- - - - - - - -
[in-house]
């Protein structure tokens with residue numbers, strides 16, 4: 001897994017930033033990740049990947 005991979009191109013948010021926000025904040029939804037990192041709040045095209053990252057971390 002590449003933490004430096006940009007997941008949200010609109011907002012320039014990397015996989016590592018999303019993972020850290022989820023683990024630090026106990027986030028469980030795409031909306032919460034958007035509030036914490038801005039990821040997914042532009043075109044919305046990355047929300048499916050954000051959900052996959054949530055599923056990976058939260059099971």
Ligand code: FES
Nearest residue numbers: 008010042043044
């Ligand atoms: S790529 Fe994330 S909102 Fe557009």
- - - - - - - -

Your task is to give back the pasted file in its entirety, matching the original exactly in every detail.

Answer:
[in-house]
């Protein structure tokens with residue numbers, strides 16, 4: 001897994017930033033990740049990947 005991979009191109013948010021926000025904040029939804037990192041709040045095209053990252057971390 002590449003933490004430096006940009007997941008949200010609109011907002012320039014990397015996989016590592018999303019993972020850290022989820023683990024630090026106990027986030028469980030795409031909306032919460034958007035509030036914490038801005039990821040997914042532009043075109044919305046990355047929300048499916050954000051959900052996959054949530055599923056990976058939260059099971």
Ligand code: FES
Nearest residue numbers: 008010042043044
């Ligand atoms: S790529 Fe994330 S909102 Fe557009």